5 Rue Christine
Fabulous Muscles is a fascinating failure of an album. This message-heavy, avant-punk effort is filled with gems in the rough, but the rough is the problem: There’s just too much of it.
It takes an open mind to appreciate Xiu Xiu’s work, and any listener who gives a little to the good songs on Fabulous Muscles will receive more in return. Xiu Xiu is like the side of Morrisey that wishes he were Charles Manson, and FM is like a Joan of Arc album produced by Nietzsche after he went insane.
The vox organ, drum machine beats and synthesizer on “Crank Heart” foreshadow a broken robot vibe on this album which should be used more. Unfortunately, Xiu Xiu allows little mirth for that kind of accessibility. The next song, “I Luv the Valley,” creates a simple, earnest melody that’s perfect for the brand of testimonial Xiu Xiu sings about, sometimes in broken French, “That’s a pill and you’ve got to take it … That’s a heart and the both of you made it … It’s l’histroic de le family … I won’t rest until I don’t care.” Both songs introduce the album with excellence. But, from there, this quality is hit or miss.
“Support Our Troops OH (Black Angels OH!)” embodies Xiu Xiu’s awkward socio-political commentary, leaving the listener question ing his agenda. With the lyrics: “Why should I care if you get killed,”referring to the soldiers in Iraq, he tries to explain this sentiment with ” … you’re a jock who’s too stupid and too greedy … to do anything else.” Through this inept argument, Xiu Xiu manages to offend supporters on both sides of the war movement and falls flat in his attempt to seem relevant on the issue. These specific lyrics seem as though he’s psychically stuck in high school.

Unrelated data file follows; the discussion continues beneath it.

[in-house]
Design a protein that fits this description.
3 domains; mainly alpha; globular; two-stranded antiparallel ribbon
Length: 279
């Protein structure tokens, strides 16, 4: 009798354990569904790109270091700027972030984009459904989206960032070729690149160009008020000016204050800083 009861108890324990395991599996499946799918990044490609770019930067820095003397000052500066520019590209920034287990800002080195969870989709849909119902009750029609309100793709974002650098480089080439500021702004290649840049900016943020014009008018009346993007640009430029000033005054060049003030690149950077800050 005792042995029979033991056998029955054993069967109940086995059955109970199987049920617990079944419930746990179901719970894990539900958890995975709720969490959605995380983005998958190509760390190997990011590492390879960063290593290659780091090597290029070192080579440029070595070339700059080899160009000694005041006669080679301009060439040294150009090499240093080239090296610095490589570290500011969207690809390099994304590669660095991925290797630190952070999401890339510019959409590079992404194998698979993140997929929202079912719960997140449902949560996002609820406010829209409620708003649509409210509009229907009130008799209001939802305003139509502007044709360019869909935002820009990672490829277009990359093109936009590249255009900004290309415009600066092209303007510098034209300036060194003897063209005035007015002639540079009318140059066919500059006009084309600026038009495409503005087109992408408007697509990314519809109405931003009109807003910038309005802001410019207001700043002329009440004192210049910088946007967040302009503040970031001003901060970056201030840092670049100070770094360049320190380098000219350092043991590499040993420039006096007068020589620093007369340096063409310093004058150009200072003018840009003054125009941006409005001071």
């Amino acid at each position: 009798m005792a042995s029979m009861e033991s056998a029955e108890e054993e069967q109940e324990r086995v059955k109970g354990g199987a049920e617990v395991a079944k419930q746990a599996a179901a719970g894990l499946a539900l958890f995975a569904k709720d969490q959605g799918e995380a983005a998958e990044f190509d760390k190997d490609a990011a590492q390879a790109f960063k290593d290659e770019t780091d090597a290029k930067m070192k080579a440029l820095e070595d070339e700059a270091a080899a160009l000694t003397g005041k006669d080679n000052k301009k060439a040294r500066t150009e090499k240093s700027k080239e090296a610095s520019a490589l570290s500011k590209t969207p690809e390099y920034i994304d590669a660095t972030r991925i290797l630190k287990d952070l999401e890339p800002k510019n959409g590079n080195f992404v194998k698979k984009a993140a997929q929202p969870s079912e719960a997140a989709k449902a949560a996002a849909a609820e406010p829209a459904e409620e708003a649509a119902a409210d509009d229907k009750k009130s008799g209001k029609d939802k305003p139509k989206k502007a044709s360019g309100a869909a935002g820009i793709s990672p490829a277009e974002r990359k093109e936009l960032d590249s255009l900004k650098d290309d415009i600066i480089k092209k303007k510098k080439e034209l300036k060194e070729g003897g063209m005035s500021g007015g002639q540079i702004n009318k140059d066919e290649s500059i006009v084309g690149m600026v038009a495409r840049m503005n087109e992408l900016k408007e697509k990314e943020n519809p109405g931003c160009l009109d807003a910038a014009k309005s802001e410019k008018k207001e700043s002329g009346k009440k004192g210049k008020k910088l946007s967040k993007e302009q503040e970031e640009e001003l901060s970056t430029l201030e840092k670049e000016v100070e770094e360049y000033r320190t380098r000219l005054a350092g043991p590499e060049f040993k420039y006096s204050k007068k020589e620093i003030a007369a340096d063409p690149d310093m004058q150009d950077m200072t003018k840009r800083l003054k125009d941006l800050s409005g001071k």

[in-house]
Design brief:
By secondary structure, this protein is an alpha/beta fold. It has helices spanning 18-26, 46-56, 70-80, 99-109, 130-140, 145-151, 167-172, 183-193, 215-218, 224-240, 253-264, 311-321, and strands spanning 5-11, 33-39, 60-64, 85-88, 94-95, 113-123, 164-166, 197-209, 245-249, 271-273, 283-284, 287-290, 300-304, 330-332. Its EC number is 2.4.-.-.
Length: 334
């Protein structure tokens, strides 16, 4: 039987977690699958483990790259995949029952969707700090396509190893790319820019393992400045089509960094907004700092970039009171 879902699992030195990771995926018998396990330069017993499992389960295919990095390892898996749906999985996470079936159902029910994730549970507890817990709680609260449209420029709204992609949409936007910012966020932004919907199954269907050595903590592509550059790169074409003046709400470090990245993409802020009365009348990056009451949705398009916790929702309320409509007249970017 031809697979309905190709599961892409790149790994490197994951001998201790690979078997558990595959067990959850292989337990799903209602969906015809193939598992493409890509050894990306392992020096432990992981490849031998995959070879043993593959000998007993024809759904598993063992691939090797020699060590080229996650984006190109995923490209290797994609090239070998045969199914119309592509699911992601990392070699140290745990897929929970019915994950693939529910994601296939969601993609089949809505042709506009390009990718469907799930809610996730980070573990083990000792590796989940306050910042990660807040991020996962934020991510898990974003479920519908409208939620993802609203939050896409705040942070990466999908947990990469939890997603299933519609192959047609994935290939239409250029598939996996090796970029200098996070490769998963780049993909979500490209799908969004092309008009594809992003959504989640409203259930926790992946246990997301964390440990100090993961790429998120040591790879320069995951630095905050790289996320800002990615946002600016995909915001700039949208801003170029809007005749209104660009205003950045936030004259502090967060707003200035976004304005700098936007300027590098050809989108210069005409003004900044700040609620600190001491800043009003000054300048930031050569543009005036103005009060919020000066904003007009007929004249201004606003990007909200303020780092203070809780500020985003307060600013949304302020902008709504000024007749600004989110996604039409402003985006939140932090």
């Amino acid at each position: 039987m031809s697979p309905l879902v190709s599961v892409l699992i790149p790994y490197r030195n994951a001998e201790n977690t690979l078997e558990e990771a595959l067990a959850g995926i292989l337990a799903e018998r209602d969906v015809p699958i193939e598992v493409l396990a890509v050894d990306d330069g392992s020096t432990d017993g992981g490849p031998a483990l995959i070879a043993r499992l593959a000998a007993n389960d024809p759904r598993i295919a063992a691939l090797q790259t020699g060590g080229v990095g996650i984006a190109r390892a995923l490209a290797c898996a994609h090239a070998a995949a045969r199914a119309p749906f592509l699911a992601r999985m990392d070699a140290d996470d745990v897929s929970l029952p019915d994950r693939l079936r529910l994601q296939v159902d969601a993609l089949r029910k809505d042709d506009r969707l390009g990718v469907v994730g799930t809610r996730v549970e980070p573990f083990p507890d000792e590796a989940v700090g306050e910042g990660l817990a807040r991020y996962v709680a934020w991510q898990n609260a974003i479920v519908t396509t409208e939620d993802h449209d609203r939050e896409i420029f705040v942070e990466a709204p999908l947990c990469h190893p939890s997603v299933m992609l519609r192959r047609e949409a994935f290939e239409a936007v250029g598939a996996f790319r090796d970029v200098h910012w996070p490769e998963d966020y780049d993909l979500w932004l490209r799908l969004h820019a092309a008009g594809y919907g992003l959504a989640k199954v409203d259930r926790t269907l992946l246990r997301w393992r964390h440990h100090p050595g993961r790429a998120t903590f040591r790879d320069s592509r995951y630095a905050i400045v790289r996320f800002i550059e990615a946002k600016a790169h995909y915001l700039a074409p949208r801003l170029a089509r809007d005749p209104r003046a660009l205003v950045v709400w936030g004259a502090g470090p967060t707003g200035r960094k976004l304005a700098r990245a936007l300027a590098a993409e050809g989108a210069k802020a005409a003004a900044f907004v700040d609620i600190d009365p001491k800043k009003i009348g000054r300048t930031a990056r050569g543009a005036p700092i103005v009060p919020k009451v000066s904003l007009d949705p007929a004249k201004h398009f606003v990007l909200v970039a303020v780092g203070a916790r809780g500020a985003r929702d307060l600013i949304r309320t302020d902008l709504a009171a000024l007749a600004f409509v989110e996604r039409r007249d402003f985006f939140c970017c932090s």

The most interesting embarrassing lyrics come with the title track “Fabulous Muscles (Mama Black Widow Version).” In this song, Crispin Glover seems to meet a quasi-pornographic, acoustic guitar-toting Bob Dylan in Xiu Xiu’s coming out of the closet party, “No romance, no sexiness/ But a star filled night/ Kneeling down before the now familiar flesh/ Of your deformed penis.” The amateurish quality of his lyrics stem from his evident wish to say everything at once, but this emotionally naked singing and songwriting is honest and sincere.
More shiny moments on FM return, including “Brian the Vampire,” a song about a boy molested by his brother. It’s filled with sharp, reptilian-like electronic noise, which goes with the adrenalized trauma of the song’s content. “Clowne Towne” comes later as a breath of fresh air and a merely pessimistic song as opposed to those previously pumped with caustic bitterness. It’s a song in which the instruments finally produce harmony.
One of Xiu Xiu’s best qualities is the fact that he has not yet realized his art. FM could be more than the sum of its parts; half the songs on this album are excellent, the other half are either boring, tedious or even worse — pretentious. This album is worth buying as an EP of five songs, assuming the listener can ignore the other half.